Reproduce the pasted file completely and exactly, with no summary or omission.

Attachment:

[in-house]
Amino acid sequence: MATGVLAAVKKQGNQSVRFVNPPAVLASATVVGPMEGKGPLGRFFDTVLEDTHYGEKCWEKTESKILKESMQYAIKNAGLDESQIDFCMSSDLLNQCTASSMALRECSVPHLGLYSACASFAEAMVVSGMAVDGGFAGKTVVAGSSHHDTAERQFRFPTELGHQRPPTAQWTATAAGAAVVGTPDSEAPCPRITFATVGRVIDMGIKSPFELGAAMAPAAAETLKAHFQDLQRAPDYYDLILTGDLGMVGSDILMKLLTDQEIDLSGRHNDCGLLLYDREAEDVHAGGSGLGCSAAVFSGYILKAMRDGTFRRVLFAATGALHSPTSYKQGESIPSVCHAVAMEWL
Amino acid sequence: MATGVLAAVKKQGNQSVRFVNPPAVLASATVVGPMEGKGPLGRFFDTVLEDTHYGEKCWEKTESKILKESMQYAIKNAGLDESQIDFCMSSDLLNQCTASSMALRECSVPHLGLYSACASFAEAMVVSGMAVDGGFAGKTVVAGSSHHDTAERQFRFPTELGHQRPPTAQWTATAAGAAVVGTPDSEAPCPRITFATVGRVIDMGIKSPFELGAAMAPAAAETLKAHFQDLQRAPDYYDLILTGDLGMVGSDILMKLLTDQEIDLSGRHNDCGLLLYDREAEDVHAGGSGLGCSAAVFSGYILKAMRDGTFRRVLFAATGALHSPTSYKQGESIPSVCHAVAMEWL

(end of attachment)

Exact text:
[in-house]
Amino acid sequence: MATGVLAAVKKQGNQSVRFVNPPAVLASATVVGPMEGKGPLGRFFDTVLEDTHYGEKCWEKTESKILKESMQYAIKNAGLDESQIDFCMSSDLLNQCTASSMALRECSVPHLGLYSACASFAEAMVVSGMAVDGGFAGKTVVAGSSHHDTAERQFRFPTELGHQRPPTAQWTATAAGAAVVGTPDSEAPCPRITFATVGRVIDMGIKSPFELGAAMAPAAAETLKAHFQDLQRAPDYYDLILTGDLGMVGSDILMKLLTDQEIDLSGRHNDCGLLLYDREAEDVHAGGSGLGCSAAVFSGYILKAMRDGTFRRVLFAATGALHSPTSYKQGESIPSVCHAVAMEWL
Amino acid sequence: MATGVLAAVKKQGNQSVRFVNPPAVLASATVVGPMEGKGPLGRFFDTVLEDTHYGEKCWEKTESKILKESMQYAIKNAGLDESQIDFCMSSDLLNQCTASSMALRECSVPHLGLYSACASFAEAMVVSGMAVDGGFAGKTVVAGSSHHDTAERQFRFPTELGHQRPPTAQWTATAAGAAVVGTPDSEAPCPRITFATVGRVIDMGIKSPFELGAAMAPAAAETLKAHFQDLQRAPDYYDLILTGDLGMVGSDILMKLLTDQEIDLSGRHNDCGLLLYDREAEDVHAGGSGLGCSAAVFSGYILKAMRDGTFRRVLFAATGALHSPTSYKQGESIPSVCHAVAMEWL